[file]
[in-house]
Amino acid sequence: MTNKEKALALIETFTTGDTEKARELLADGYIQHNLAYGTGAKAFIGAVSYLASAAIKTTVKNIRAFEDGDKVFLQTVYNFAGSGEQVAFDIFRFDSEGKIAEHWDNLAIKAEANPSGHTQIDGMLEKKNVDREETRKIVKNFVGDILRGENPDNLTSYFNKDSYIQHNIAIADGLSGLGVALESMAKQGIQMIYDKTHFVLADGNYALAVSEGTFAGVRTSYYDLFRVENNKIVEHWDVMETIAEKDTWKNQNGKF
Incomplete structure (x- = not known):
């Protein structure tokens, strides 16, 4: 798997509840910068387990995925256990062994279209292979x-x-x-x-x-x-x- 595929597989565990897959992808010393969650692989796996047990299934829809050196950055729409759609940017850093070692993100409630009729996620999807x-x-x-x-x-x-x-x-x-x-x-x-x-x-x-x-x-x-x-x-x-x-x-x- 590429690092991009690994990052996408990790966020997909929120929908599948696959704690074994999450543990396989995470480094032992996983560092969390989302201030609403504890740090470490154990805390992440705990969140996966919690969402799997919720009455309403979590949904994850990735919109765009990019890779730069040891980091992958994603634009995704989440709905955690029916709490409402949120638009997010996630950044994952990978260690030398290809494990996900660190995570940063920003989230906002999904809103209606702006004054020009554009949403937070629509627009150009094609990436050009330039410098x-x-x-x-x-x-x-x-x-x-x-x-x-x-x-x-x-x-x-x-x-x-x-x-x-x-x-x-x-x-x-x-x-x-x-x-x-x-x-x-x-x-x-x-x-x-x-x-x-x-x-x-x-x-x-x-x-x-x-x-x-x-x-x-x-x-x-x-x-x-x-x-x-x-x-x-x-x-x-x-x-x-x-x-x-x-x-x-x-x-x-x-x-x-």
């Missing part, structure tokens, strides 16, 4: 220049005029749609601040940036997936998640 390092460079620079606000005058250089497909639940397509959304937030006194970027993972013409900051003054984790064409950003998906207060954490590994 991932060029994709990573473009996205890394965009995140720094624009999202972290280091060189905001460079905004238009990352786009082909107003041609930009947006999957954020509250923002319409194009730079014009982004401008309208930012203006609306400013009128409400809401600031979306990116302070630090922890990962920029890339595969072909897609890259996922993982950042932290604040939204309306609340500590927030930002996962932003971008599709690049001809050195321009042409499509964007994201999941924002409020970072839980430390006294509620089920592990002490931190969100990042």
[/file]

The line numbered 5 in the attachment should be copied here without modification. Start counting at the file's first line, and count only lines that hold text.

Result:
């Missing part, structure tokens, strides 16, 4: 220049005029749609601040940036997936998640 390092460079620079606000005058250089497909639940397509959304937030006194970027993972013409900051003054984790064409950003998906207060954490590994 991932060029994709990573473009996205890394965009995140720094624009999202972290280091060189905001460079905004238009990352786009082909107003041609930009947006999957954020509250923002319409194009730079014009982004401008309208930012203006609306400013009128409400809401600031979306990116302070630090922890990962920029890339595969072909897609890259996922993982950042932290604040939204309306609340500590927030930002996962932003971008599709690049001809050195321009042409499509964007994201999941924002409020970072839980430390006294509620089920592990002490931190969100990042």